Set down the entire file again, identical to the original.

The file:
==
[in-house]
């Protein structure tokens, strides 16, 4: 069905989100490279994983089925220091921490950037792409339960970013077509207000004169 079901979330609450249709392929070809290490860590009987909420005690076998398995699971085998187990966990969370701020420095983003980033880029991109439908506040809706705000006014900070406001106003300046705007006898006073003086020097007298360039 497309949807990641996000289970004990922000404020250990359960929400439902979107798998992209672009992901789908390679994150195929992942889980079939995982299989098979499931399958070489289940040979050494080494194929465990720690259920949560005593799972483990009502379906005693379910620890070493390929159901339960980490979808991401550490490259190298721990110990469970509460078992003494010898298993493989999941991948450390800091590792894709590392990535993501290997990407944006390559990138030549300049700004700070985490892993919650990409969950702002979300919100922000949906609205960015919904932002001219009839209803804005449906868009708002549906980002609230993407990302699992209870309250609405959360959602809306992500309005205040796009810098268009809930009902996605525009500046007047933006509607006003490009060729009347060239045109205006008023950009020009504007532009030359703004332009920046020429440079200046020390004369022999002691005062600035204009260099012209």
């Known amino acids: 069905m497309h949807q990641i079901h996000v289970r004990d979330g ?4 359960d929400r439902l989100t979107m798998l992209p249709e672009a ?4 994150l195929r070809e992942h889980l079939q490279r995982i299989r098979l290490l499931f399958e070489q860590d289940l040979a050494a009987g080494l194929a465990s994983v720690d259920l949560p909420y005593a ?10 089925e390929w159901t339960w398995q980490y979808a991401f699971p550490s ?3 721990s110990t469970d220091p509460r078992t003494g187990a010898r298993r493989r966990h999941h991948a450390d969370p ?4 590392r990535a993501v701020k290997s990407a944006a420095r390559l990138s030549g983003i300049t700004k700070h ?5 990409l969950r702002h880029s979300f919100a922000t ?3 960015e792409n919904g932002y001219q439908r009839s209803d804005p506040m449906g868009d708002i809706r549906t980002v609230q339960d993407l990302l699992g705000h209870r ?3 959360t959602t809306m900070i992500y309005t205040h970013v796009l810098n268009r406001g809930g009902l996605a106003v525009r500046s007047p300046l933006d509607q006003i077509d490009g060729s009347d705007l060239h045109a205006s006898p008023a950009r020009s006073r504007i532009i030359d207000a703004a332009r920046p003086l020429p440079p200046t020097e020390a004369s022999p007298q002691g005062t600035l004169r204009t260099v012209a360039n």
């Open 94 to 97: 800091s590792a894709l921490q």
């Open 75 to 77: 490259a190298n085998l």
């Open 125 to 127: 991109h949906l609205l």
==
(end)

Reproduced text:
[in-house]
């Protein structure tokens, strides 16, 4: 069905989100490279994983089925220091921490950037792409339960970013077509207000004169 079901979330609450249709392929070809290490860590009987909420005690076998398995699971085998187990966990969370701020420095983003980033880029991109439908506040809706705000006014900070406001106003300046705007006898006073003086020097007298360039 497309949807990641996000289970004990922000404020250990359960929400439902979107798998992209672009992901789908390679994150195929992942889980079939995982299989098979499931399958070489289940040979050494080494194929465990720690259920949560005593799972483990009502379906005693379910620890070493390929159901339960980490979808991401550490490259190298721990110990469970509460078992003494010898298993493989999941991948450390800091590792894709590392990535993501290997990407944006390559990138030549300049700004700070985490892993919650990409969950702002979300919100922000949906609205960015919904932002001219009839209803804005449906868009708002549906980002609230993407990302699992209870309250609405959360959602809306992500309005205040796009810098268009809930009902996605525009500046007047933006509607006003490009060729009347060239045109205006008023950009020009504007532009030359703004332009920046020429440079200046020390004369022999002691005062600035204009260099012209």
């Known amino acids: 069905m497309h949807q990641i079901h996000v289970r004990d979330g ?4 359960d929400r439902l989100t979107m798998l992209p249709e672009a ?4 994150l195929r070809e992942h889980l079939q490279r995982i299989r098979l290490l499931f399958e070489q860590d289940l040979a050494a009987g080494l194929a465990s994983v720690d259920l949560p909420y005593a ?10 089925e390929w159901t339960w398995q980490y979808a991401f699971p550490s ?3 721990s110990t469970d220091p509460r078992t003494g187990a010898r298993r493989r966990h999941h991948a450390d969370p ?4 590392r990535a993501v701020k290997s990407a944006a420095r390559l990138s030549g983003i300049t700004k700070h ?5 990409l969950r702002h880029s979300f919100a922000t ?3 960015e792409n919904g932002y001219q439908r009839s209803d804005p506040m449906g868009d708002i809706r549906t980002v609230q339960d993407l990302l699992g705000h209870r ?3 959360t959602t809306m900070i992500y309005t205040h970013v796009l810098n268009r406001g809930g009902l996605a106003v525009r500046s007047p300046l933006d509607q006003i077509d490009g060729s009347d705007l060239h045109a205006s006898p008023a950009r020009s006073r504007i532009i030359d207000a703004a332009r920046p003086l020429p440079p200046t020097e020390a004369s022999p007298q002691g005062t600035l004169r204009t260099v012209a360039n």
């Open 94 to 97: 800091s590792a894709l921490q």
């Open 75 to 77: 490259a190298n085998l």
């Open 125 to 127: 991109h949906l609205l």